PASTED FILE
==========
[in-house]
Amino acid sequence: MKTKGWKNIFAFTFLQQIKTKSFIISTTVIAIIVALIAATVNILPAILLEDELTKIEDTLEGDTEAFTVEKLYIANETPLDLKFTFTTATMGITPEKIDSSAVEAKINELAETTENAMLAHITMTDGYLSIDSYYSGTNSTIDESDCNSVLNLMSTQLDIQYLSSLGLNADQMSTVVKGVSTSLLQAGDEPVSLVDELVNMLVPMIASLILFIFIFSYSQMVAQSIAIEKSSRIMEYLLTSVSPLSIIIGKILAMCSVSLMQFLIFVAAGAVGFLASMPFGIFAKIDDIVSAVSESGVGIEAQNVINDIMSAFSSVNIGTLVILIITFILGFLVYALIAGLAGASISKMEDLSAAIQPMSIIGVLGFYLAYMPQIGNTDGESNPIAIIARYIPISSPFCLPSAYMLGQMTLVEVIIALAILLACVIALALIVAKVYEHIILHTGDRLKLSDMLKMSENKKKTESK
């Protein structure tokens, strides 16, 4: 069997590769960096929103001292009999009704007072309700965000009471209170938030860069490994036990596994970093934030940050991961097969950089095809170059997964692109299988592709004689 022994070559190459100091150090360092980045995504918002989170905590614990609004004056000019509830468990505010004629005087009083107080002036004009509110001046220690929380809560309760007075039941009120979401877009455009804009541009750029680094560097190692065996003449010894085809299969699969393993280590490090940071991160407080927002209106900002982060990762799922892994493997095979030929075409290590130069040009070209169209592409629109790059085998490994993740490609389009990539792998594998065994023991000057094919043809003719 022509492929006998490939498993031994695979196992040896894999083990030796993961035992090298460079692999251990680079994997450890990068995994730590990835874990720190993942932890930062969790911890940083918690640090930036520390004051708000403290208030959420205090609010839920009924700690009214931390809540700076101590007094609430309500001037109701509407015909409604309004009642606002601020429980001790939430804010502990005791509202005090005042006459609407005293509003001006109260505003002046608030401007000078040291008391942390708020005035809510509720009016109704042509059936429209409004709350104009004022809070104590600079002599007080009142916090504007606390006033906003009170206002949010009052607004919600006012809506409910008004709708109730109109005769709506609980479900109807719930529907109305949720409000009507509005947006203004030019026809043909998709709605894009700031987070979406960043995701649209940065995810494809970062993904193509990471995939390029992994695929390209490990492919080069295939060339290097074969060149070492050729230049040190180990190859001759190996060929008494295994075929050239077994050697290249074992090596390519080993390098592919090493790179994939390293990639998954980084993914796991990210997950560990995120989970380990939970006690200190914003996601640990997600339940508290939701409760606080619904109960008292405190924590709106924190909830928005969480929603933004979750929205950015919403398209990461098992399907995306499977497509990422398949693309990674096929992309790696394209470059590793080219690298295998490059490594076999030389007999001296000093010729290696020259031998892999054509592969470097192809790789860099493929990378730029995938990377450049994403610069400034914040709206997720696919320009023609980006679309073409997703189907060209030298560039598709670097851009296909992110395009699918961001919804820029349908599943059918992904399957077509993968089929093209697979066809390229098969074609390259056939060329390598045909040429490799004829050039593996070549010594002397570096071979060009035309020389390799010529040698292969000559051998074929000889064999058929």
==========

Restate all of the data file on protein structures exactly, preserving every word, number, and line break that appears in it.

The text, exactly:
[in-house]
Amino acid sequence: MKTKGWKNIFAFTFLQQIKTKSFIISTTVIAIIVALIAATVNILPAILLEDELTKIEDTLEGDTEAFTVEKLYIANETPLDLKFTFTTATMGITPEKIDSSAVEAKINELAETTENAMLAHITMTDGYLSIDSYYSGTNSTIDESDCNSVLNLMSTQLDIQYLSSLGLNADQMSTVVKGVSTSLLQAGDEPVSLVDELVNMLVPMIASLILFIFIFSYSQMVAQSIAIEKSSRIMEYLLTSVSPLSIIIGKILAMCSVSLMQFLIFVAAGAVGFLASMPFGIFAKIDDIVSAVSESGVGIEAQNVINDIMSAFSSVNIGTLVILIITFILGFLVYALIAGLAGASISKMEDLSAAIQPMSIIGVLGFYLAYMPQIGNTDGESNPIAIIARYIPISSPFCLPSAYMLGQMTLVEVIIALAILLACVIALALIVAKVYEHIILHTGDRLKLSDMLKMSENKKKTESK
């Protein structure tokens, strides 16, 4: 069997590769960096929103001292009999009704007072309700965000009471209170938030860069490994036990596994970093934030940050991961097969950089095809170059997964692109299988592709004689 022994070559190459100091150090360092980045995504918002989170905590614990609004004056000019509830468990505010004629005087009083107080002036004009509110001046220690929380809560309760007075039941009120979401877009455009804009541009750029680094560097190692065996003449010894085809299969699969393993280590490090940071991160407080927002209106900002982060990762799922892994493997095979030929075409290590130069040009070209169209592409629109790059085998490994993740490609389009990539792998594998065994023991000057094919043809003719 022509492929006998490939498993031994695979196992040896894999083990030796993961035992090298460079692999251990680079994997450890990068995994730590990835874990720190993942932890930062969790911890940083918690640090930036520390004051708000403290208030959420205090609010839920009924700690009214931390809540700076101590007094609430309500001037109701509407015909409604309004009642606002601020429980001790939430804010502990005791509202005090005042006459609407005293509003001006109260505003002046608030401007000078040291008391942390708020005035809510509720009016109704042509059936429209409004709350104009004022809070104590600079002599007080009142916090504007606390006033906003009170206002949010009052607004919600006012809506409910008004709708109730109109005769709506609980479900109807719930529907109305949720409000009507509005947006203004030019026809043909998709709605894009700031987070979406960043995701649209940065995810494809970062993904193509990471995939390029992994695929390209490990492919080069295939060339290097074969060149070492050729230049040190180990190859001759190996060929008494295994075929050239077994050697290249074992090596390519080993390098592919090493790179994939390293990639998954980084993914796991990210997950560990995120989970380990939970006690200190914003996601640990997600339940508290939701409760606080619904109960008292405190924590709106924190909830928005969480929603933004979750929205950015919403398209990461098992399907995306499977497509990422398949693309990674096929992309790696394209470059590793080219690298295998490059490594076999030389007999001296000093010729290696020259031998892999054509592969470097192809790789860099493929990378730029995938990377450049994403610069400034914040709206997720696919320009023609980006679309073409997703189907060209030298560039598709670097851009296909992110395009699918961001919804820029349908599943059918992904399957077509993968089929093209697979066809390229098969074609390259056939060329390598045909040429490799004829050039593996070549010594002397570096071979060009035309020389390799010529040698292969000559051998074929000889064999058929």